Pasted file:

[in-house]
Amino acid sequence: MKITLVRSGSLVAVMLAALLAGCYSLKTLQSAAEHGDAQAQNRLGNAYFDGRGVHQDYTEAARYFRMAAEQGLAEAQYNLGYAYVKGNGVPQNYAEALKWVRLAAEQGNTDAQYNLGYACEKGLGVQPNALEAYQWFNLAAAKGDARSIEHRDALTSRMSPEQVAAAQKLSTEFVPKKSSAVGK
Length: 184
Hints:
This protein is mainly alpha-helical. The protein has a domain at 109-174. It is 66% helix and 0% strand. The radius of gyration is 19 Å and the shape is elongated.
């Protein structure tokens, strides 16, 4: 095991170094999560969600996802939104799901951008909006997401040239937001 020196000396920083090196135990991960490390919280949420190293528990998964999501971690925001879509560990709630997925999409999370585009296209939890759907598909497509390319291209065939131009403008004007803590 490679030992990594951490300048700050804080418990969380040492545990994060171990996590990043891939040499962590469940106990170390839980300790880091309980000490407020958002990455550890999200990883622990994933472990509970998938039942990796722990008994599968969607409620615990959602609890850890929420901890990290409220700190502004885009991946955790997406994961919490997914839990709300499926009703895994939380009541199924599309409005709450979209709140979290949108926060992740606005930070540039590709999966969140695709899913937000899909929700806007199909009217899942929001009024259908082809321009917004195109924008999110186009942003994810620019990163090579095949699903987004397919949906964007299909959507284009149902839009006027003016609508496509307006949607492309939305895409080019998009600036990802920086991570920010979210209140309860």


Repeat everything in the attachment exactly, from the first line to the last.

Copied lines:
[in-house]
Amino acid sequence: MKITLVRSGSLVAVMLAALLAGCYSLKTLQSAAEHGDAQAQNRLGNAYFDGRGVHQDYTEAARYFRMAAEQGLAEAQYNLGYAYVKGNGVPQNYAEALKWVRLAAEQGNTDAQYNLGYACEKGLGVQPNALEAYQWFNLAAAKGDARSIEHRDALTSRMSPEQVAAAQKLSTEFVPKKSSAVGK
Length: 184
Hints:
This protein is mainly alpha-helical. The protein has a domain at 109-174. It is 66% helix and 0% strand. The radius of gyration is 19 Å and the shape is elongated.
């Protein structure tokens, strides 16, 4: 095991170094999560969600996802939104799901951008909006997401040239937001 020196000396920083090196135990991960490390919280949420190293528990998964999501971690925001879509560990709630997925999409999370585009296209939890759907598909497509390319291209065939131009403008004007803590 490679030992990594951490300048700050804080418990969380040492545990994060171990996590990043891939040499962590469940106990170390839980300790880091309980000490407020958002990455550890999200990883622990994933472990509970998938039942990796722990008994599968969607409620615990959602609890850890929420901890990290409220700190502004885009991946955790997406994961919490997914839990709300499926009703895994939380009541199924599309409005709450979209709140979290949108926060992740606005930070540039590709999966969140695709899913937000899909929700806007199909009217899942929001009024259908082809321009917004195109924008999110186009942003994810620019990163090579095949699903987004397919949906964007299909959507284009149902839009006027003016609508496509307006949607492309939305895409080019998009600036990802920086991570920010979210209140309860």